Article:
Dual-title graduate programs are fully integrated programs of study that allow students to define a research program that combines both the graduate major and dual-title fields. Dual-title graduate programs require a minimum of 15 credits for a dual-title doctoral program and 6 credits for a dual-title master’s program. The dual-title area of study cannot exist as a separate (stand-alone) graduate degree program at Penn State. For example, if there is a previously existing Department or Program (ex. Political Science), a dual-title degree in “Political Science” cannot be created. Students may complete only one dual-title program in addition to a graduate major program of study within a single degree program. Students must apply and may be admitted to an existing dual-title graduate degree program only after being enrolled in an existing program.Refer to the Graduate Council policy concerning dual-titles: GCAC-208 Dual-Title Graduate Degree Programs.
Integrated Undergraduate/Graduate Programs (IUGs) provide students the opportunity to pursue simultaneous undergraduate and graduate degrees in programs that have a master’s degree curriculum. An IUG program will typically allow a student to complete two degrees (Bachelor’s and Master’s) in less time than if they completed a B.A./B.S. and then a Master’s degree [typically 5 years rather than 6 for 2-year Master’s programs]. This is possible in part because 12 credits may be counted toward both the undergraduate and master’s degrees; of these, a minimum of 50% of the courses proposed to count for both degrees must be at the graduate (500 or 800) level. Students in IUG programs should consult with an adviser and a Student Aid staff member prior to semester course registration each semester as registering for these programs affects their eligibility for financial aid.
Establishing an IUG degree program involves 1) a program change proposal for the graduate degree program submitted to the Associate Dean of the College and subsequently to the Graduate School (see below), and 2) submission to the Faculty Senate / ACUE (a P-1 proposal, see http://undergrad.psu.edu/aappm/P-1-new-undergraduate-degrees-majors-options-iugs-minors.html). Submission of new IUG programs starts at the graduate level, with the undergrad side coming second. For the undergraduate review, a prospectus submission starts the process, with the full proposal to follow. The Graduate School recommends submitting the graduate program proposalby October for the program to be effective forthe following Fall semester.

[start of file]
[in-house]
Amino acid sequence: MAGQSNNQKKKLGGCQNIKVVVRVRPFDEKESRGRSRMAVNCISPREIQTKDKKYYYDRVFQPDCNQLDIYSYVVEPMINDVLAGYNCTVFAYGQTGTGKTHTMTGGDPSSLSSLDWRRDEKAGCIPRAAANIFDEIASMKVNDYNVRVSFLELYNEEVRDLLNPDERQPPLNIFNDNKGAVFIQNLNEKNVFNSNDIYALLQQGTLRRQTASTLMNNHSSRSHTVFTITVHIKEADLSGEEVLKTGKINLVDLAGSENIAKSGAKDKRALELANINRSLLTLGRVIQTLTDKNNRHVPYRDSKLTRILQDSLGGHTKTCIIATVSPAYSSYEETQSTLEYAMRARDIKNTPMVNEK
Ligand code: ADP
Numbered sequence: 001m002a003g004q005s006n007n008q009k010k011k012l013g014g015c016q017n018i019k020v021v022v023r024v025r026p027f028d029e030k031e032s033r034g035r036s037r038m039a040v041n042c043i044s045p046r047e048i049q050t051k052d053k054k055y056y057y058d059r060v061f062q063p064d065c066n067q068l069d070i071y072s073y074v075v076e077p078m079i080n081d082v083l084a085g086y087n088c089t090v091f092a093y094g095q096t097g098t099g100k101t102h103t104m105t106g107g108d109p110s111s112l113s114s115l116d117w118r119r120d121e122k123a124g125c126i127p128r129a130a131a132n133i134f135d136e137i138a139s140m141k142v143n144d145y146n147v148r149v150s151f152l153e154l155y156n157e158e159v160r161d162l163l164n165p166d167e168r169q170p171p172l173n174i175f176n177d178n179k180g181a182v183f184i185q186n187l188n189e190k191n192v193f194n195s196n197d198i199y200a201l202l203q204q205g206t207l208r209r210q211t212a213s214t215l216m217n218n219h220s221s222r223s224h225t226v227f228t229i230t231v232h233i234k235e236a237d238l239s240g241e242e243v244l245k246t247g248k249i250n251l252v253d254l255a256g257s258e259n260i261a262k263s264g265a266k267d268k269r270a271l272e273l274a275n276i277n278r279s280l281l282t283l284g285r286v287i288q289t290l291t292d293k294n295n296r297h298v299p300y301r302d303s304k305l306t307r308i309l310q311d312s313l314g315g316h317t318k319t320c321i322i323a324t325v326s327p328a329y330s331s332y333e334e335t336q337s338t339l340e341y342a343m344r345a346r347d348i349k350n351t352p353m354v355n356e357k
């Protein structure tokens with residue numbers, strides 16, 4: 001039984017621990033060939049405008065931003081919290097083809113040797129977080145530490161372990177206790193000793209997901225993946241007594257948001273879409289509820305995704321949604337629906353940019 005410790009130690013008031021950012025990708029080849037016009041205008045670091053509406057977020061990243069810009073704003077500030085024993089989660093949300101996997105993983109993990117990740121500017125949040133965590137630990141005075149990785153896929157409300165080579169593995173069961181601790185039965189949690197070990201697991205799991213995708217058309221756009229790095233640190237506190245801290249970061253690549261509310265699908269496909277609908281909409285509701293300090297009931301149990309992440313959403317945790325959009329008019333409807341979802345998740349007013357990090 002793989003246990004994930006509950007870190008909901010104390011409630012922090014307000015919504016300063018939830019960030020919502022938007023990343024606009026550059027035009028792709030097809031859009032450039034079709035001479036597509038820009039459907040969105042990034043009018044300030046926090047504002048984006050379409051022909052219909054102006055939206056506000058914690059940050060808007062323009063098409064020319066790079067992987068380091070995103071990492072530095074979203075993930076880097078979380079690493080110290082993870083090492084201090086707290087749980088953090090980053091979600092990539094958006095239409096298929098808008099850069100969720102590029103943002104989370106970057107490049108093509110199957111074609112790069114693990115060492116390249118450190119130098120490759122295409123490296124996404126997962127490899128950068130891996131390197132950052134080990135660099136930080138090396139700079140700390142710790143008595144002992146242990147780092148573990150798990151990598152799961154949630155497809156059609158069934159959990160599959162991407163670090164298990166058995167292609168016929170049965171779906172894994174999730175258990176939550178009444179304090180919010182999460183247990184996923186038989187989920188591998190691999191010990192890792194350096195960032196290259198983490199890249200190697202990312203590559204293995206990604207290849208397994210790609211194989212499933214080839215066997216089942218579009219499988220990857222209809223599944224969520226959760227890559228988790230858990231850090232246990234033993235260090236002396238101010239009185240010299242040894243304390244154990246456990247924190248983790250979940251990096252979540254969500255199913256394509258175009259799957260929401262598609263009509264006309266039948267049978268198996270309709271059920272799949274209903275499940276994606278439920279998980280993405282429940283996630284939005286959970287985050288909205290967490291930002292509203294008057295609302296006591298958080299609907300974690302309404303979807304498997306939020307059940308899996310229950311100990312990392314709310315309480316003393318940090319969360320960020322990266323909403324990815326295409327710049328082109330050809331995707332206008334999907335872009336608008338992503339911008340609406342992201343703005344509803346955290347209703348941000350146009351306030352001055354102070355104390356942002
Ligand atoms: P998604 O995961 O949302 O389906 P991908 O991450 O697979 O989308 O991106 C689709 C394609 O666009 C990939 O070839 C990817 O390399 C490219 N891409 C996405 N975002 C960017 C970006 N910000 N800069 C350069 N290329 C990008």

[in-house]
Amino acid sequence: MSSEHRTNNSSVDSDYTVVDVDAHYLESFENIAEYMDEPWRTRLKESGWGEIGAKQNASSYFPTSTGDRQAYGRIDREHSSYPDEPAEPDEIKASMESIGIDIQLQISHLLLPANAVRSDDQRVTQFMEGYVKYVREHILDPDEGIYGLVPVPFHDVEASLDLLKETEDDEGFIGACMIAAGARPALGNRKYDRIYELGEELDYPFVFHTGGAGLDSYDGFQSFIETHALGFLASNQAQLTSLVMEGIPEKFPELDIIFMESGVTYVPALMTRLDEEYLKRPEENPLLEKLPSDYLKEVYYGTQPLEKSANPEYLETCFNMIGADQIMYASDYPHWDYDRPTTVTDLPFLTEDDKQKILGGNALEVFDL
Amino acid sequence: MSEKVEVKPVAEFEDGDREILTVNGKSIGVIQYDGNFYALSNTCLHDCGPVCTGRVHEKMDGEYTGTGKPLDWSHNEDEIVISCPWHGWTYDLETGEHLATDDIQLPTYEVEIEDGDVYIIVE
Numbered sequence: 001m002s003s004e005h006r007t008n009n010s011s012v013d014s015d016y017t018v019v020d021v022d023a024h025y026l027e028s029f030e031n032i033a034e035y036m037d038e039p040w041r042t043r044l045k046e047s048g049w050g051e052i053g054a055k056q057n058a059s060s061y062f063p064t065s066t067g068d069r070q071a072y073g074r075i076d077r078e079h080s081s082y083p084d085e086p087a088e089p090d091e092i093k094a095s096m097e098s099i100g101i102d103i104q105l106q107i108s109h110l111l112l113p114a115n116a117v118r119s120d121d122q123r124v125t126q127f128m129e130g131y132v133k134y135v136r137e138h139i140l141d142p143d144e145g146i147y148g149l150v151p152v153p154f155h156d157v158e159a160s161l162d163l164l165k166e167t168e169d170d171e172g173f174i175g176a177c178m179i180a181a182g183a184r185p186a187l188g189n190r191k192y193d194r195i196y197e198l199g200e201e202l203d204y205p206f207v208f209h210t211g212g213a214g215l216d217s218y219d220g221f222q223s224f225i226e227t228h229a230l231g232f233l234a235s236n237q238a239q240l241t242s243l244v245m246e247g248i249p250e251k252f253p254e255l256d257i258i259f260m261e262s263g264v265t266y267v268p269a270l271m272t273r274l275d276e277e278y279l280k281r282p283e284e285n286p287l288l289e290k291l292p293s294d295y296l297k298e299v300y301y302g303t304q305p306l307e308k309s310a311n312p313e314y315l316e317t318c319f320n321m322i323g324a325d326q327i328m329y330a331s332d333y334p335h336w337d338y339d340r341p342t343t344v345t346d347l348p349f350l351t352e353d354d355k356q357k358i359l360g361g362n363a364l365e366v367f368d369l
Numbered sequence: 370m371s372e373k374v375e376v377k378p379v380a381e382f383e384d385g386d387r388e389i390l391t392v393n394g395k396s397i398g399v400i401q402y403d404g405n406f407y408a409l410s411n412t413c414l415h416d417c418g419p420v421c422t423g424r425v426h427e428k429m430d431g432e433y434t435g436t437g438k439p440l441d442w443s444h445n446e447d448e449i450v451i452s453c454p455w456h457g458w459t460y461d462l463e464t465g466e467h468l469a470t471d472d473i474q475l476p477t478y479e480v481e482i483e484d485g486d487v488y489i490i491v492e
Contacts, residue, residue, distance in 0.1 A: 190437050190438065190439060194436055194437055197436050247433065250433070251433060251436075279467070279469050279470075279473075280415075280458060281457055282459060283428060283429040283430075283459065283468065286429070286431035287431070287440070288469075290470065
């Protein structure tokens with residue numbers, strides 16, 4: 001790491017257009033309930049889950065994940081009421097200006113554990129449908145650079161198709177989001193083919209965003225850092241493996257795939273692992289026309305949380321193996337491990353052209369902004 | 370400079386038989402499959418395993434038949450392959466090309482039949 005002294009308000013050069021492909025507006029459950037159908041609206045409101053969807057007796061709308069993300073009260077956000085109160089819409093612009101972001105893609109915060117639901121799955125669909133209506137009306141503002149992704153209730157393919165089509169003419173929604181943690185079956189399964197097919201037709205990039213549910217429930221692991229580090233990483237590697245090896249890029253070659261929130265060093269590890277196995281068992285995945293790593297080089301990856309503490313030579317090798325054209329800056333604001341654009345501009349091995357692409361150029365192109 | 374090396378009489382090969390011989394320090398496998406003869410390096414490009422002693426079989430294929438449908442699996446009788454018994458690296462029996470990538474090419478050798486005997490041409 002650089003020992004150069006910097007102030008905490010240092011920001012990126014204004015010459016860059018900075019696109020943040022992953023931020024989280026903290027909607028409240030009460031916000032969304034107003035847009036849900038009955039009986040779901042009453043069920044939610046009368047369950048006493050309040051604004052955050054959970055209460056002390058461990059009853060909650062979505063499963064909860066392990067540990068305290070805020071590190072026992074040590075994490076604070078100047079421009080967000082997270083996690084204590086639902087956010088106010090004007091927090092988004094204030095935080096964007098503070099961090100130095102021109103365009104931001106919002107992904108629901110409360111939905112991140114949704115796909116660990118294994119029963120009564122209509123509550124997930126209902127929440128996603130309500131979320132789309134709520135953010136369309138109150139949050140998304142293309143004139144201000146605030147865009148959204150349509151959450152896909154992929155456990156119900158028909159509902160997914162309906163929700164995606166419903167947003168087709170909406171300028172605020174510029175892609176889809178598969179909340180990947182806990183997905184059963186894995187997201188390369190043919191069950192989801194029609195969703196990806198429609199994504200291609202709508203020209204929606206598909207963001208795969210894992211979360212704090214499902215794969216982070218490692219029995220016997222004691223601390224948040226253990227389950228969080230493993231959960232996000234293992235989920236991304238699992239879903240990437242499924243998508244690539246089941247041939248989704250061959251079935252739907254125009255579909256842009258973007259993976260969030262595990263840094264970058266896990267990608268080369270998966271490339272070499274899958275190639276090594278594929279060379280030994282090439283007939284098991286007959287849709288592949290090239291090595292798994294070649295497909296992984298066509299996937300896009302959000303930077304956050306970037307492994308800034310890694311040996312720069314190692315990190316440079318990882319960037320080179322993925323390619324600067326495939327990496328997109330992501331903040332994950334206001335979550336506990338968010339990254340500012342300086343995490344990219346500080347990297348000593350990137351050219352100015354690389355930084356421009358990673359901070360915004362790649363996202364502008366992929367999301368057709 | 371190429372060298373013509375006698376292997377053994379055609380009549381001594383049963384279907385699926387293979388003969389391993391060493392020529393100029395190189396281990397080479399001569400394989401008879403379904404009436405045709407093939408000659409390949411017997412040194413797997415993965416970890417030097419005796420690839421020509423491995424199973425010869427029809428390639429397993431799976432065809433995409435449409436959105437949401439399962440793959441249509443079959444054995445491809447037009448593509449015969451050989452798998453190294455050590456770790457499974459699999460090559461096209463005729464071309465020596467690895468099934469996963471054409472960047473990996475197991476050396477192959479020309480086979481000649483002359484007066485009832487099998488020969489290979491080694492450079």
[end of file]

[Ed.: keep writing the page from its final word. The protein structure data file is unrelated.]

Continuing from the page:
Penn State has several educational equity initiatives on the cutting edge of campus educational equity measures regarding gender and sexually diverse individuals, such as our gender-inclusive housing; our free Clothing Transit Center through 3rd Way Collective; the expansion of the Sexual and Gender Diversity Center; our ongoing development of gender-inclusive bathrooms; and informed consent regarding hormone therapy in our University Health Services. Most of these initiatives focus on undergraduate students (and to a lesser extent, graduate students), and – important to note – are limited in their availability, existing primarily at the University Park campus despite growing resources at our Commonwealth Campuses and World Campus. However, there are key aspects of student, faculty, and staff experiences at Penn State that could be adjusted to foster more inclusive classroom experiences, and more ethical, updated research experiences. This document illustrates why expanding diversity and inclusivity measures and taking a broad, multi-pronged approach will have positive repercussions for teaching and student success (Staples et al., 2018); research design and implementation (GenIUSS, 2014); and other Penn State initiatives (Garvey et al., 2017).